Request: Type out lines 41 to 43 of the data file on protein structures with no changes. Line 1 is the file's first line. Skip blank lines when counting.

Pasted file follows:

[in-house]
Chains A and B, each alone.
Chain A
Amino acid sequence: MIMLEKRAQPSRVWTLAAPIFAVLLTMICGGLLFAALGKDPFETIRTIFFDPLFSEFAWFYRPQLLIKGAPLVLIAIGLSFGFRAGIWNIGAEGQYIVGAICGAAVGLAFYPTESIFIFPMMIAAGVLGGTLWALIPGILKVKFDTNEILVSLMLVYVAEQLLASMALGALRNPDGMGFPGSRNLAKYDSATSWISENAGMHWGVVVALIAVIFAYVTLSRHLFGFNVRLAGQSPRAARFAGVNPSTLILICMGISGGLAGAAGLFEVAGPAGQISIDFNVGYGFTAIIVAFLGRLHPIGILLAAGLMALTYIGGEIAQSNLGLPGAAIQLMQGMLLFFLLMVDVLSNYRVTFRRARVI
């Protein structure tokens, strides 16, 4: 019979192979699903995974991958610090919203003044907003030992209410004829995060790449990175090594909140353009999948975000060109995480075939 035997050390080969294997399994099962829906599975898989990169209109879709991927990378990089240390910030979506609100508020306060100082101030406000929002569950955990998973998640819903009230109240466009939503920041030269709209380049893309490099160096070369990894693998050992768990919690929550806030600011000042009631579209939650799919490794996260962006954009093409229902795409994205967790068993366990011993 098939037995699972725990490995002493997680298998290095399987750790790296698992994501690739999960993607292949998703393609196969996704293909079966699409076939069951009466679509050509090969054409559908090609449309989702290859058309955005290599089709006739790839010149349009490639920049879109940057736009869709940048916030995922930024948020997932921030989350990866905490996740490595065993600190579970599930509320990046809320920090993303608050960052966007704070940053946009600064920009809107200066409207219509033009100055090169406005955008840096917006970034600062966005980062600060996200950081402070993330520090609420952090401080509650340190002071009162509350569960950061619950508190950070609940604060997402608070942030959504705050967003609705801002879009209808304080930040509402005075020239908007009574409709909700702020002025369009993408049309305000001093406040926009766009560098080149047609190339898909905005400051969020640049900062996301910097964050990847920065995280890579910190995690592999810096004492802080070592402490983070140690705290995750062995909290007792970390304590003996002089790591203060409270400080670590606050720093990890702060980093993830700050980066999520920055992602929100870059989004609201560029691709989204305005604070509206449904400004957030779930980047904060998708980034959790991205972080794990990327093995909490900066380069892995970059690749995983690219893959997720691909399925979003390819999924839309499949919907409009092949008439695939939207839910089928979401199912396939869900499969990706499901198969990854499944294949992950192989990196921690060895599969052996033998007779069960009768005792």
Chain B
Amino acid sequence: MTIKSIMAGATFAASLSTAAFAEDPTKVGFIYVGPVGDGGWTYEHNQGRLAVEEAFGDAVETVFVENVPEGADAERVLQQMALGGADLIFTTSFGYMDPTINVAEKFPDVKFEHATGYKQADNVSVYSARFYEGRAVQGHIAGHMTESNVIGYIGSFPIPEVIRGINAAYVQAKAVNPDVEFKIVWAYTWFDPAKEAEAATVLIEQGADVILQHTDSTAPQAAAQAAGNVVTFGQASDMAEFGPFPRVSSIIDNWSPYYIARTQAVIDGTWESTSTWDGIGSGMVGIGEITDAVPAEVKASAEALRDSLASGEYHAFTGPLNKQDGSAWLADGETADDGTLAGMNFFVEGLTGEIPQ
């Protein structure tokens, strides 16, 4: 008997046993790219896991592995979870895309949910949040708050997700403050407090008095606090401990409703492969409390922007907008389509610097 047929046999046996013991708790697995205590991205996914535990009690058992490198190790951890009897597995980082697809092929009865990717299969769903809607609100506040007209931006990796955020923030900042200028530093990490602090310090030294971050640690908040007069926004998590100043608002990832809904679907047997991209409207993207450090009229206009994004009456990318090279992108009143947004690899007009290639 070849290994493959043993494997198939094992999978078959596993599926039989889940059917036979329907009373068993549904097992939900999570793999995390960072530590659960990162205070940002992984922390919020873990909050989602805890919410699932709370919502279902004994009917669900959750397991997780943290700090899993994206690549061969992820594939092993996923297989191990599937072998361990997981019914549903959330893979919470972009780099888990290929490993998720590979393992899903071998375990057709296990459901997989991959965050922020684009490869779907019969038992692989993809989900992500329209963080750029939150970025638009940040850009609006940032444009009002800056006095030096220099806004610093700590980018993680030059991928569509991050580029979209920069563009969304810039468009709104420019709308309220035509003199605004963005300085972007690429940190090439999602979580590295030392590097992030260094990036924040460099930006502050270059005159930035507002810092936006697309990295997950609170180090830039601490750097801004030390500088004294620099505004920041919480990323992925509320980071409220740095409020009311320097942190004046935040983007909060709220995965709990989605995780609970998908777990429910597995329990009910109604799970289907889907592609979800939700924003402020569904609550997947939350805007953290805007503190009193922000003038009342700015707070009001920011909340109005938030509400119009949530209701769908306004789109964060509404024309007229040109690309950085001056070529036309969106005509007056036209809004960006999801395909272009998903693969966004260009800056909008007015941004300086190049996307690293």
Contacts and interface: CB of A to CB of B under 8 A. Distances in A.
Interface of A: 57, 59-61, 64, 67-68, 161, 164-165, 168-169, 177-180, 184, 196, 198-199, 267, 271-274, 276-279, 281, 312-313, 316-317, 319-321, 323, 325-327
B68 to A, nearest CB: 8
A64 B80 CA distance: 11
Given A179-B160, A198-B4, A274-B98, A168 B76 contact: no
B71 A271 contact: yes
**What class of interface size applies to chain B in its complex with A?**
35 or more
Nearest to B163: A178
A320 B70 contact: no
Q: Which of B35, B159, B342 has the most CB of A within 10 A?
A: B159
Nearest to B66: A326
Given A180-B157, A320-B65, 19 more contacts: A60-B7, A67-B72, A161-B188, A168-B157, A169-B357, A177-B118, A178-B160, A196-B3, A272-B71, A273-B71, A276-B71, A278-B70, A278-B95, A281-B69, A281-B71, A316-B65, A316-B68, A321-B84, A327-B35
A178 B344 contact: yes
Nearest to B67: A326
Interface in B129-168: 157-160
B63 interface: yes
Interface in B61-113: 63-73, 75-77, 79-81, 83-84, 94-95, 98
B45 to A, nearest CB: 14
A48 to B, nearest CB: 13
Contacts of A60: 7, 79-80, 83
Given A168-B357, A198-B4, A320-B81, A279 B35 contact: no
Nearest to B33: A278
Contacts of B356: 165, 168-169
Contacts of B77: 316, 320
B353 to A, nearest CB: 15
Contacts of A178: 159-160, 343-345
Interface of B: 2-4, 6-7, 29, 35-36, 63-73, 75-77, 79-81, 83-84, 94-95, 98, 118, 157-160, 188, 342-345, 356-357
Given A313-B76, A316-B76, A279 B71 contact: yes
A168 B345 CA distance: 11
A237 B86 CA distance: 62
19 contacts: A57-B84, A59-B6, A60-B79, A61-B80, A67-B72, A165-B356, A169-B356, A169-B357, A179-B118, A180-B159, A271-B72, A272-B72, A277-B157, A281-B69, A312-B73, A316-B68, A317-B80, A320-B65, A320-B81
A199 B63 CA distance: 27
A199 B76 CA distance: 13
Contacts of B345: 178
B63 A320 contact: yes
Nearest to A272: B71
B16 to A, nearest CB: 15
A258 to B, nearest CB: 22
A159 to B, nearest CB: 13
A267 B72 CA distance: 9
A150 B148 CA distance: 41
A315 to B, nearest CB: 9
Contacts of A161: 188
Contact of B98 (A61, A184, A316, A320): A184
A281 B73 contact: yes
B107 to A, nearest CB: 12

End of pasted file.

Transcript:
19 contacts: A57-B84, A59-B6, A60-B79, A61-B80, A67-B72, A165-B356, A169-B356, A169-B357, A179-B118, A180-B159, A271-B72, A272-B72, A277-B157, A281-B69, A312-B73, A316-B68, A317-B80, A320-B65, A320-B81
A199 B63 CA distance: 27
A199 B76 CA distance: 13